Energy saving inkjet paints with precision

A new digital inkjet technology from a UK-based research and development company promises to cut the cost of customising vehicles, white goods and architectural surfaces, while also saving energy.

Cambridge-based technology and product development company The Technology Partnership (TTP)’s Vista Inkjet system is capable of printing with standard industrial paints. Successful tests have already been carried out using cellulose and two-part part polyurethane paints, which are used for car and aircraft body manufacturing.

‘In the aircraft industry, creating a customised image involves masking taping the area, spraying with an individual colour, then heating the hanger to cure this. The process then has to be repeated with each further shade, and that uses time and energy,’ said David Smith, head of business development for Vista. ‘Using Vista, the whole process could be completed in one go with a single curing stage.’

Other applications include coating metal coils or roof panels used in architectural cladding, printing using thermoplastic fluoropolymer paints such as Kynar for decorative finishes on architectural metallic structures. TTP is also exploring the printing of low cost and high functionality materials for ceramics, textiles, security and brand protection along with high conductivity patterns and 3D printing, as well as the customisation process for white goods, where a more durable paint could now be used.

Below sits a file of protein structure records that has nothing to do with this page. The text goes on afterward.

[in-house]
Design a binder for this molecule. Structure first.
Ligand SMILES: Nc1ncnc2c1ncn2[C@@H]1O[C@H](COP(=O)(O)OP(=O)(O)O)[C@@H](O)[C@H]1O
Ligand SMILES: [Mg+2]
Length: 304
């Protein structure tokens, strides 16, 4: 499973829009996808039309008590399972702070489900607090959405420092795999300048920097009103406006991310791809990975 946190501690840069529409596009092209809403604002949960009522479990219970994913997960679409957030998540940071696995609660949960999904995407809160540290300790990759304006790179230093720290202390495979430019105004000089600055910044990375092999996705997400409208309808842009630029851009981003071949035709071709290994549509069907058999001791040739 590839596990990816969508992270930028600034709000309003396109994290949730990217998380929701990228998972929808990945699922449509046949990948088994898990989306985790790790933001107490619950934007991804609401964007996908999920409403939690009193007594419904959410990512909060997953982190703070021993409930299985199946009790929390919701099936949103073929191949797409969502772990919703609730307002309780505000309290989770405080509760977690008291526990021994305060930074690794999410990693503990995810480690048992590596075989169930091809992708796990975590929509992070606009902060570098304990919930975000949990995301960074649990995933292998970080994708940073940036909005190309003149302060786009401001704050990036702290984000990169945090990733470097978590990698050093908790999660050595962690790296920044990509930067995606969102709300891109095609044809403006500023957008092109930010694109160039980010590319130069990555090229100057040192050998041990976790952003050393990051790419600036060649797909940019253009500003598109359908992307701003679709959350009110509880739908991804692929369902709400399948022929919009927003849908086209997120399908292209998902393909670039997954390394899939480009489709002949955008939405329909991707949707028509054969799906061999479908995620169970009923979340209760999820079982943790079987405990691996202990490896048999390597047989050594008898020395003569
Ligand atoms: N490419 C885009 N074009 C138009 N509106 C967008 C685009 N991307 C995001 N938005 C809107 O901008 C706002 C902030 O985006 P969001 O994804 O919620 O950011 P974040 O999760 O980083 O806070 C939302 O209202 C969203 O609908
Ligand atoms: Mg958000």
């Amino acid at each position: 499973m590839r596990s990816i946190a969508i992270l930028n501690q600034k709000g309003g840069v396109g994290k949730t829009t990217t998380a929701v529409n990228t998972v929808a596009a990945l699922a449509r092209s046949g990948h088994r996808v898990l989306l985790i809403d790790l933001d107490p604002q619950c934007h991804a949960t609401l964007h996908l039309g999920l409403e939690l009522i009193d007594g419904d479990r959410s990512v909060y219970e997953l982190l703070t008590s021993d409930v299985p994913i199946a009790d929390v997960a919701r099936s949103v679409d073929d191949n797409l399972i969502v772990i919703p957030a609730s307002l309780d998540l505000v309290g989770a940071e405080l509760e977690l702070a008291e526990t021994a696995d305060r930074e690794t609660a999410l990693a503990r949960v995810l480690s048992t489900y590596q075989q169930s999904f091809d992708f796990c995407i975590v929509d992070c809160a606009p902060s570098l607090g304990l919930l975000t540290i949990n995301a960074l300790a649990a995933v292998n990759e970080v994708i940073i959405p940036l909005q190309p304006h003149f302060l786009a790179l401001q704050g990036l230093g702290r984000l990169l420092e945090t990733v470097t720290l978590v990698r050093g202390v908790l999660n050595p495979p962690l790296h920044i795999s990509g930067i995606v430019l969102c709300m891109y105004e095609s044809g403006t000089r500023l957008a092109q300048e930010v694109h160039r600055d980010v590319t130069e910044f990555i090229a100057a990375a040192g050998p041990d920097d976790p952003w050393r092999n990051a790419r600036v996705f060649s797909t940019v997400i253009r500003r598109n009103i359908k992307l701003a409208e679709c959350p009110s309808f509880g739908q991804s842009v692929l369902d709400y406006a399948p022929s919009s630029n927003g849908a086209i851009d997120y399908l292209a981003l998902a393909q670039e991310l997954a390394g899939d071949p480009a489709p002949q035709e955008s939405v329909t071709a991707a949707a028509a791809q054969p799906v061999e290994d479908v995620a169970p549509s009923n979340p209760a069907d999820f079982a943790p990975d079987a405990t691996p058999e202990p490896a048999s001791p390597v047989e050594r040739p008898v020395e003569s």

Existing inkjet printing is restricted by ink formulations and the use of closed chambers and narrow channels. Instead, the Vista Inkjet relies on a new print head design based on a planar construction that allows free-flowing ink circulation and accurately controls the movement of the nozzle plate to eject droplets, from 0.5 pico litres to over one nanolitre.

This means that fluids with large particulates and high viscosities can be used along with aqueous pigmented inks and a range of solvent inks such as alcohol based fluids, ethyl acetate, MEK and Dowanol. Motion of the nozzle plate is controlled by customised electrical drive signals to eject droplets on-demand or on a continuous basis, providing great accuracy.

The droplets created are precise, well-formed and consistent, and print heads can also be designed with specific nozzle diameters, pitch and number of rows for different inks, paints and applications.